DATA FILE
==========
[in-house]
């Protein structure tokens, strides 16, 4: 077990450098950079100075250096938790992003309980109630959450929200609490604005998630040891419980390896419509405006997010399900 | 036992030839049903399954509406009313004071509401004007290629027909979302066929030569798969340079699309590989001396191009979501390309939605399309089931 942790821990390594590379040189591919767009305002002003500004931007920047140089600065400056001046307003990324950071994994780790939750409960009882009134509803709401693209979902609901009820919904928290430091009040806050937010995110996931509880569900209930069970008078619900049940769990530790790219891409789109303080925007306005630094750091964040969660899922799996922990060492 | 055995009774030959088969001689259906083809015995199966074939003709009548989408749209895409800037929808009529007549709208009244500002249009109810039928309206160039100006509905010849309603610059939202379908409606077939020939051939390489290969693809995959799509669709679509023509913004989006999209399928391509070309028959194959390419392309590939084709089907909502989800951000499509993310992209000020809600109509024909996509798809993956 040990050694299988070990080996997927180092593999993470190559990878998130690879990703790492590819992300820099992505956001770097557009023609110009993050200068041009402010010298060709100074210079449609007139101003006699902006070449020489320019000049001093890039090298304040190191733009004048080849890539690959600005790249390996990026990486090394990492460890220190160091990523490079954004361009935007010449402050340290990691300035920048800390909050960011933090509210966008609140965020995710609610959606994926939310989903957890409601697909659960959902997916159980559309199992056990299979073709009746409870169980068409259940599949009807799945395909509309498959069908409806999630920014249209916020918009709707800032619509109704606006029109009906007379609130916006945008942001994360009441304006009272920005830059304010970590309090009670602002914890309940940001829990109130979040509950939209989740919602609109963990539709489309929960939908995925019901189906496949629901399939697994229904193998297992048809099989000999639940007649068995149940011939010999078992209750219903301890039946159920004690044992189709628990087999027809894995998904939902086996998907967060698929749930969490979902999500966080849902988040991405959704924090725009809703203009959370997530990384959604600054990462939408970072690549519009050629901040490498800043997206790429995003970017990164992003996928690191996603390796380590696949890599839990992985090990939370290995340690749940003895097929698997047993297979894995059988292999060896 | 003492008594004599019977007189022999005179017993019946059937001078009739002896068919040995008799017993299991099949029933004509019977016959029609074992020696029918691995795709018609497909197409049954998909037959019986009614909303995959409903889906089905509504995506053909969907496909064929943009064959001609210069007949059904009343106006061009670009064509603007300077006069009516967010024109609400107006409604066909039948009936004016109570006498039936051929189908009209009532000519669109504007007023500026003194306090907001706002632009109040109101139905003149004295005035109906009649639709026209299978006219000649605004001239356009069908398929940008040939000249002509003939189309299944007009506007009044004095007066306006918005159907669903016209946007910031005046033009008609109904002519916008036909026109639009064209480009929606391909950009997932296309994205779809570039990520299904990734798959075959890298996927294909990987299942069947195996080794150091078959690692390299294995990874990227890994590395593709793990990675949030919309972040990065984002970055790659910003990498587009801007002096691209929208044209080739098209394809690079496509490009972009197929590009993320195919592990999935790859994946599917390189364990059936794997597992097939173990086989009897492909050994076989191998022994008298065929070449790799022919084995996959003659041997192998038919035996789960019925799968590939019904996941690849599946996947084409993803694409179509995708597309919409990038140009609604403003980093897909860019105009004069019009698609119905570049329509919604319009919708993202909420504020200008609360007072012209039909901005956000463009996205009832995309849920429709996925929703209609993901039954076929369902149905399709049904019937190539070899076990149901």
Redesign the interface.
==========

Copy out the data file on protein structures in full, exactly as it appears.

[in-house]
């Protein structure tokens, strides 16, 4: 077990450098950079100075250096938790992003309980109630959450929200609490604005998630040891419980390896419509405006997010399900 | 036992030839049903399954509406009313004071509401004007290629027909979302066929030569798969340079699309590989001396191009979501390309939605399309089931 942790821990390594590379040189591919767009305002002003500004931007920047140089600065400056001046307003990324950071994994780790939750409960009882009134509803709401693209979902609901009820919904928290430091009040806050937010995110996931509880569900209930069970008078619900049940769990530790790219891409789109303080925007306005630094750091964040969660899922799996922990060492 | 055995009774030959088969001689259906083809015995199966074939003709009548989408749209895409800037929808009529007549709208009244500002249009109810039928309206160039100006509905010849309603610059939202379908409606077939020939051939390489290969693809995959799509669709679509023509913004989006999209399928391509070309028959194959390419392309590939084709089907909502989800951000499509993310992209000020809600109509024909996509798809993956 040990050694299988070990080996997927180092593999993470190559990878998130690879990703790492590819992300820099992505956001770097557009023609110009993050200068041009402010010298060709100074210079449609007139101003006699902006070449020489320019000049001093890039090298304040190191733009004048080849890539690959600005790249390996990026990486090394990492460890220190160091990523490079954004361009935007010449402050340290990691300035920048800390909050960011933090509210966008609140965020995710609610959606994926939310989903957890409601697909659960959902997916159980559309199992056990299979073709009746409870169980068409259940599949009807799945395909509309498959069908409806999630920014249209916020918009709707800032619509109704606006029109009906007379609130916006945008942001994360009441304006009272920005830059304010970590309090009670602002914890309940940001829990109130979040509950939209989740919602609109963990539709489309929960939908995925019901189906496949629901399939697994229904193998297992048809099989000999639940007649068995149940011939010999078992209750219903301890039946159920004690044992189709628990087999027809894995998904939902086996998907967060698929749930969490979902999500966080849902988040991405959704924090725009809703203009959370997530990384959604600054990462939408970072690549519009050629901040490498800043997206790429995003970017990164992003996928690191996603390796380590696949890599839990992985090990939370290995340690749940003895097929698997047993297979894995059988292999060896 | 003492008594004599019977007189022999005179017993019946059937001078009739002896068919040995008799017993299991099949029933004509019977016959029609074992020696029918691995795709018609497909197409049954998909037959019986009614909303995959409903889906089905509504995506053909969907496909064929943009064959001609210069007949059904009343106006061009670009064509603007300077006069009516967010024109609400107006409604066909039948009936004016109570006498039936051929189908009209009532000519669109504007007023500026003194306090907001706002632009109040109101139905003149004295005035109906009649639709026209299978006219000649605004001239356009069908398929940008040939000249002509003939189309299944007009506007009044004095007066306006918005159907669903016209946007910031005046033009008609109904002519916008036909026109639009064209480009929606391909950009997932296309994205779809570039990520299904990734798959075959890298996927294909990987299942069947195996080794150091078959690692390299294995990874990227890994590395593709793990990675949030919309972040990065984002970055790659910003990498587009801007002096691209929208044209080739098209394809690079496509490009972009197929590009993320195919592990999935790859994946599917390189364990059936794997597992097939173990086989009897492909050994076989191998022994008298065929070449790799022919084995996959003659041997192998038919035996789960019925799968590939019904996941690849599946996947084409993803694409179509995708597309919409990038140009609604403003980093897909860019105009004069019009698609119905570049329509919604319009919708993202909420504020200008609360007072012209039909901005956000463009996205009832995309849920429709996925929703209609993901039954076929369902149905399709049904019937190539070899076990149901």
Redesign the interface.